But none of that is important.
What's important is that, as a piece of Civil Rights era storytelling, The Silence of Our Friends is a fabulous read. It picks through the major differences in relationships between blacks and whites in a way only a graphic novel can. Nate Powell's ink wash technique can go from warm and homespun to frenetic and harrowing in one panel.
The story itself is full of tension and all the moments that make up real life as these two families struggle to connect in an environment that is vehemently opposed to such a thing. I found myself grinding my teeth waiting for what I felt was the inevitable, horrible, and saddening event that typically drives such stories. I won't drop any spoilers, but the expected horrible events did nothing but enhance the story. Well worth the read from front to back, this fictionalized account from a lesser-known event in Civil Rights history is thoroughly enjoyable.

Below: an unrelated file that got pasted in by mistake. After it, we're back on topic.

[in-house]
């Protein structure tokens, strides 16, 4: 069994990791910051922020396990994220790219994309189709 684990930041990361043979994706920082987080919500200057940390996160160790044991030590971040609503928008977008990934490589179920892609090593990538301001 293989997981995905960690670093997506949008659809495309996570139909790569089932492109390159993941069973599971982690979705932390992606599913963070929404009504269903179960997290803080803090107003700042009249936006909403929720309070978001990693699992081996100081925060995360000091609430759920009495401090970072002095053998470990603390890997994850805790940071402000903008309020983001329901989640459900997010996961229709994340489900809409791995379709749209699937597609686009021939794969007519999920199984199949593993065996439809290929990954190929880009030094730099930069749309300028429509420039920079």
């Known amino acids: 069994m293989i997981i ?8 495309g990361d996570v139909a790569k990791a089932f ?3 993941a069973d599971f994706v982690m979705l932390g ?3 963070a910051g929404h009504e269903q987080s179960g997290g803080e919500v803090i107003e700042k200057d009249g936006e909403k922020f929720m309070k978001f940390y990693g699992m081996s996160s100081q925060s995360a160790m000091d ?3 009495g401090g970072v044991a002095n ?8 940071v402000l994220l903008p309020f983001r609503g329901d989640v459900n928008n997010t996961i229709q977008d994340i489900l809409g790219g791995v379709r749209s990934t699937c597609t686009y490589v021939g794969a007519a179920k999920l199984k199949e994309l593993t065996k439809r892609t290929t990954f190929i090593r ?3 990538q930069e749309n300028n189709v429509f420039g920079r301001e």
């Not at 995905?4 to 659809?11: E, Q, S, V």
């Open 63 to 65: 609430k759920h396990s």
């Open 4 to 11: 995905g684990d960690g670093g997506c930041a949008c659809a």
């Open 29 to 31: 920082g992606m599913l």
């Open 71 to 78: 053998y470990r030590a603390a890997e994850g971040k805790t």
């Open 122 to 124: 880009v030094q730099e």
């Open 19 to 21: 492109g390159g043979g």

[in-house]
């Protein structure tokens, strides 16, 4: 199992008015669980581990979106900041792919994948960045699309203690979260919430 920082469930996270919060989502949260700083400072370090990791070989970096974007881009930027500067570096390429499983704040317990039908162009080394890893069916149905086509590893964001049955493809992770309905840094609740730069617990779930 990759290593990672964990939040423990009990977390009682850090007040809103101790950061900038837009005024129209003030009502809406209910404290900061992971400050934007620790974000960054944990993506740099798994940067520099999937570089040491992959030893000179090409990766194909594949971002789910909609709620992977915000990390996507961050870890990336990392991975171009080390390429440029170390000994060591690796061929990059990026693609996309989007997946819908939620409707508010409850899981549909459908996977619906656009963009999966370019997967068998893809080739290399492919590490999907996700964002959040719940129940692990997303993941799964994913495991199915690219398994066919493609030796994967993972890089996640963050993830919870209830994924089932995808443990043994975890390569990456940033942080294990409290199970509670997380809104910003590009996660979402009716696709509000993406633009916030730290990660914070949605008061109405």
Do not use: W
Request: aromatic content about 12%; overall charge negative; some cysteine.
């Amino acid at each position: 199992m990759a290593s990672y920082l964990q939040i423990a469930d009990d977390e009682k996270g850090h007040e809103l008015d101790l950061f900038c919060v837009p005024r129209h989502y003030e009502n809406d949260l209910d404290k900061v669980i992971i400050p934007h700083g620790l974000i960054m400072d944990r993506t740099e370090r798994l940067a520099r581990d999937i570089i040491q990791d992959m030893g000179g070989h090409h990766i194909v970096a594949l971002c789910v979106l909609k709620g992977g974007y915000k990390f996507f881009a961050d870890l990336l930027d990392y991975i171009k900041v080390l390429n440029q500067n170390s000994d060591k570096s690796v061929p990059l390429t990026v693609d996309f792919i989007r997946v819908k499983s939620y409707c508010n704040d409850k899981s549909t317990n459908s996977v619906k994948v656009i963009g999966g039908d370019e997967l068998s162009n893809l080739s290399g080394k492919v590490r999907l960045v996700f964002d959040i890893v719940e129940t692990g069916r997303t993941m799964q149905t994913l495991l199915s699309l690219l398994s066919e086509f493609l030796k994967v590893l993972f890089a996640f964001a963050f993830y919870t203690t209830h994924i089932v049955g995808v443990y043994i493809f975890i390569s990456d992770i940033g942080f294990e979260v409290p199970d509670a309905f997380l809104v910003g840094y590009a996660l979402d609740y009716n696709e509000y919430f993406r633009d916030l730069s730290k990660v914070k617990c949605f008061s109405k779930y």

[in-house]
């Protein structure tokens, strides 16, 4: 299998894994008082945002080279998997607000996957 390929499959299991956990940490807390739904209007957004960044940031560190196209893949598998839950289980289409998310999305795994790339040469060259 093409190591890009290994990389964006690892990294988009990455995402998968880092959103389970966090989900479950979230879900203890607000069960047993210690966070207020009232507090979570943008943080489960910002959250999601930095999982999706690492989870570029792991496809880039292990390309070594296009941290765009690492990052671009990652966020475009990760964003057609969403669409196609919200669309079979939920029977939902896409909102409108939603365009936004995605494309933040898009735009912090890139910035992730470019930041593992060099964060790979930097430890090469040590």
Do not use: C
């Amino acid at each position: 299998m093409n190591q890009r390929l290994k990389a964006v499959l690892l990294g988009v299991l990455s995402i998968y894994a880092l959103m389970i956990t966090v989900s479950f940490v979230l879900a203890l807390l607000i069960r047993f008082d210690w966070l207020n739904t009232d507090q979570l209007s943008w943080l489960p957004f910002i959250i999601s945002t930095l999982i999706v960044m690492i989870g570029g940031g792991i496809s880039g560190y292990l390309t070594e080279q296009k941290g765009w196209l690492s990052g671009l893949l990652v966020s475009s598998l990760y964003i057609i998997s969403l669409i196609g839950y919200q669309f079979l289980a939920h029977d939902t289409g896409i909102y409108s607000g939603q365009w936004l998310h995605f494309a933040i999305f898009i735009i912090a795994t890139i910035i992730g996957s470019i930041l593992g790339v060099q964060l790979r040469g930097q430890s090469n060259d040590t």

For me, there is some small irony that it's almost always the white kids who grow up capable of committing a story like this to comic format. It serves as another damaging remnant, in my opinion, of the 500-year struggle for equal access and standing. I am heartened, however, that more and more non-whites are successfully entering the comic storytelling format.